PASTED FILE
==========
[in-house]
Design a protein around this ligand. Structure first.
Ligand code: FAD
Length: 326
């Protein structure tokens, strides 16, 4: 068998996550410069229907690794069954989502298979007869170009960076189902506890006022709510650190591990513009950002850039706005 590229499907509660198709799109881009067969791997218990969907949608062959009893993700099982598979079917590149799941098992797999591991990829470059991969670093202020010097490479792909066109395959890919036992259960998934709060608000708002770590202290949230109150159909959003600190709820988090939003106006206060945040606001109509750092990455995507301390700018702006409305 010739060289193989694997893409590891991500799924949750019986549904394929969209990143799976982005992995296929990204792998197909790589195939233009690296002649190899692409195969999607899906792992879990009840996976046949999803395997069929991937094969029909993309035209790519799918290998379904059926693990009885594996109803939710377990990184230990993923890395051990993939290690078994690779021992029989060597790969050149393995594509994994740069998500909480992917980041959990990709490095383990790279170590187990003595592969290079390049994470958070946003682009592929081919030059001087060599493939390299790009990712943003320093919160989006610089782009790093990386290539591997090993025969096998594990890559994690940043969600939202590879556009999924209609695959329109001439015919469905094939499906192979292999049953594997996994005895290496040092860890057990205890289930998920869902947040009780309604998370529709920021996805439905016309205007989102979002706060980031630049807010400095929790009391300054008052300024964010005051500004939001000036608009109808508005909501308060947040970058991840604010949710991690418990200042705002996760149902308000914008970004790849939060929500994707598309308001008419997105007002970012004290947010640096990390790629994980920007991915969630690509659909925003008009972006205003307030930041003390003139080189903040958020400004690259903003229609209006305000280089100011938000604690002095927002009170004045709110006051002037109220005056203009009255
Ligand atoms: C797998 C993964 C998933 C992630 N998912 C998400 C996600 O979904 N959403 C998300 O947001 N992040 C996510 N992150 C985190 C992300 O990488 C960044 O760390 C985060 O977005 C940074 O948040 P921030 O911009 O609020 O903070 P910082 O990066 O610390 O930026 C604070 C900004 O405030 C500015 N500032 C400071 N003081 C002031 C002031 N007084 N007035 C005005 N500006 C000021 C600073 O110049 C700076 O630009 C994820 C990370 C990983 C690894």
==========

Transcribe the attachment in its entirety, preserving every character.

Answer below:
[in-house]
Design a protein around this ligand. Structure first.
Ligand code: FAD
Length: 326
């Protein structure tokens, strides 16, 4: 068998996550410069229907690794069954989502298979007869170009960076189902506890006022709510650190591990513009950002850039706005 590229499907509660198709799109881009067969791997218990969907949608062959009893993700099982598979079917590149799941098992797999591991990829470059991969670093202020010097490479792909066109395959890919036992259960998934709060608000708002770590202290949230109150159909959003600190709820988090939003106006206060945040606001109509750092990455995507301390700018702006409305 010739060289193989694997893409590891991500799924949750019986549904394929969209990143799976982005992995296929990204792998197909790589195939233009690296002649190899692409195969999607899906792992879990009840996976046949999803395997069929991937094969029909993309035209790519799918290998379904059926693990009885594996109803939710377990990184230990993923890395051990993939290690078994690779021992029989060597790969050149393995594509994994740069998500909480992917980041959990990709490095383990790279170590187990003595592969290079390049994470958070946003682009592929081919030059001087060599493939390299790009990712943003320093919160989006610089782009790093990386290539591997090993025969096998594990890559994690940043969600939202590879556009999924209609695959329109001439015919469905094939499906192979292999049953594997996994005895290496040092860890057990205890289930998920869902947040009780309604998370529709920021996805439905016309205007989102979002706060980031630049807010400095929790009391300054008052300024964010005051500004939001000036608009109808508005909501308060947040970058991840604010949710991690418990200042705002996760149902308000914008970004790849939060929500994707598309308001008419997105007002970012004290947010640096990390790629994980920007991915969630690509659909925003008009972006205003307030930041003390003139080189903040958020400004690259903003229609209006305000280089100011938000604690002095927002009170004045709110006051002037109220005056203009009255
Ligand atoms: C797998 C993964 C998933 C992630 N998912 C998400 C996600 O979904 N959403 C998300 O947001 N992040 C996510 N992150 C985190 C992300 O990488 C960044 O760390 C985060 O977005 C940074 O948040 P921030 O911009 O609020 O903070 P910082 O990066 O610390 O930026 C604070 C900004 O405030 C500015 N500032 C400071 N003081 C002031 C002031 N007084 N007035 C005005 N500006 C000021 C600073 O110049 C700076 O630009 C994820 C990370 C990983 C690894």